Earth’s First Animals Barely Needed Any Oxygen
by George Dvorsky
There’s a longstanding theory which says oxygen-rich oceans were a key requirement for complex life to emerge on Earth. But a new study involving sea sponges upsets this notion, showing that primitive animals may have been able to survive with hardly any oxygen at all.
The first microbes appeared on Earth about 3.6 billion years ago, but it took an exceptionally long time for complex multicellular life to emerge — another three billion years. Perhaps not coincidentally, this also happened to be the time when levels of oxygen in the atmosphere escalated to present day concentrations of about 20%. Many scientists have thus concluded that animals needed the higher levels to survive, thrive, and evolve.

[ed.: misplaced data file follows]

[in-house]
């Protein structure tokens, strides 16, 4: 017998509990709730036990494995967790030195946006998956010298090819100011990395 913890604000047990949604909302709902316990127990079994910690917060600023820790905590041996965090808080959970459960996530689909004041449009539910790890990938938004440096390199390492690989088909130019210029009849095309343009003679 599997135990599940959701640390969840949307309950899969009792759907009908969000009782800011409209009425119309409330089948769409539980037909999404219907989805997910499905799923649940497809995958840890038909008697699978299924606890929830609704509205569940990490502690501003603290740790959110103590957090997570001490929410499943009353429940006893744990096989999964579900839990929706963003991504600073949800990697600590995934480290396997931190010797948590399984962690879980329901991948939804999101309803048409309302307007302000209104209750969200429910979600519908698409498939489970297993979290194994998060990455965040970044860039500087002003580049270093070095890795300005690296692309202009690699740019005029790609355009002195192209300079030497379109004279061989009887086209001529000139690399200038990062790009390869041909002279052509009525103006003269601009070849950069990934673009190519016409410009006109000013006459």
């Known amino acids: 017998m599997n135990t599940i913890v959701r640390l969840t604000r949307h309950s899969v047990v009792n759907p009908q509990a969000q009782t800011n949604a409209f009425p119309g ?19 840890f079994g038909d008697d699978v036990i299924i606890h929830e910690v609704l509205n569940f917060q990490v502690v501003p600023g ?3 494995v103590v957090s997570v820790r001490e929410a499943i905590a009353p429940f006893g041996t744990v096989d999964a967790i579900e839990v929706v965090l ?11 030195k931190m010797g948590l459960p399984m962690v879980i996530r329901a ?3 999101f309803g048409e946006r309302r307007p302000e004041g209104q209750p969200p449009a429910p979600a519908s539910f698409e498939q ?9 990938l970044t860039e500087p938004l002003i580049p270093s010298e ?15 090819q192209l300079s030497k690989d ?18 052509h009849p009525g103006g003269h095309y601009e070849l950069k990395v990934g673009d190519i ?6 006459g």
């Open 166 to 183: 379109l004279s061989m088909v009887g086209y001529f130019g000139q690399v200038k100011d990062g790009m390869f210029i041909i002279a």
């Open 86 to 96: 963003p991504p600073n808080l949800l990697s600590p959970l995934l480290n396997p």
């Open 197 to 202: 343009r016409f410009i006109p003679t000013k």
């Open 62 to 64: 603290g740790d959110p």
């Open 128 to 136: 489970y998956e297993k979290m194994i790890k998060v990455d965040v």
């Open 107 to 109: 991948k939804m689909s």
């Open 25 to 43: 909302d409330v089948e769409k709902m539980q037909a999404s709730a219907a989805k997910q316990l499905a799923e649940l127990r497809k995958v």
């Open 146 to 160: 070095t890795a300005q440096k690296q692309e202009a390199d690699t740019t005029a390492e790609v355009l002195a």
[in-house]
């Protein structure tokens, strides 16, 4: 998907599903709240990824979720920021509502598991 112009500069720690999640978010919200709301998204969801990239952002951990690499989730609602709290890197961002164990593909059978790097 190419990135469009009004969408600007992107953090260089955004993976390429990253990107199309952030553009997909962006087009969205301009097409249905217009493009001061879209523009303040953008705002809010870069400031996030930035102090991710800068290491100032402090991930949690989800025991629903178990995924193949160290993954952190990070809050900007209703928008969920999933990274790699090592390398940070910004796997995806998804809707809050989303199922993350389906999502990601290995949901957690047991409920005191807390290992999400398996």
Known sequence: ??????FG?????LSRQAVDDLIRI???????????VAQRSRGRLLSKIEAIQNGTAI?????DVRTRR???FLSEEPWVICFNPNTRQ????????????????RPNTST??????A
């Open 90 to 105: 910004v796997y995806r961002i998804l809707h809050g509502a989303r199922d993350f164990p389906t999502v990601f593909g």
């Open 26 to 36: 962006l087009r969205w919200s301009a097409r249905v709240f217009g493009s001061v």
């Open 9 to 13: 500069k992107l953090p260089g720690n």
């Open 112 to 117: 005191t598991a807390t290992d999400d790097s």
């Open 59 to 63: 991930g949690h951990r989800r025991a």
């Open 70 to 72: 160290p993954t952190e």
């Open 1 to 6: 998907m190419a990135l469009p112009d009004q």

But a new study by Daniel Mills of the University of Southern Denmark in Odense suggests this may not be the case. By studying modern breadcrumb sponges, Mills has threatened this assumption, while simultaneously strengthening another.
200 Times Less…
Sea sponges may not seem animal-like, but they are among the planet’s earliest animals. They’re always multicellular and they grow from an embryo. They’ve also got complex physiological structures, including a network of channels that help draw food and water through their bodies. And based on the paleontological evidence, modern sea sponges aren’t too far removed from their ancient brethren…
(read more: io9)
* Read the entire study at PNAS: “The oxygen requirements of the earliest animals.”
Image: Top: Don Dixon/Cosmographica; Mills/PNAS.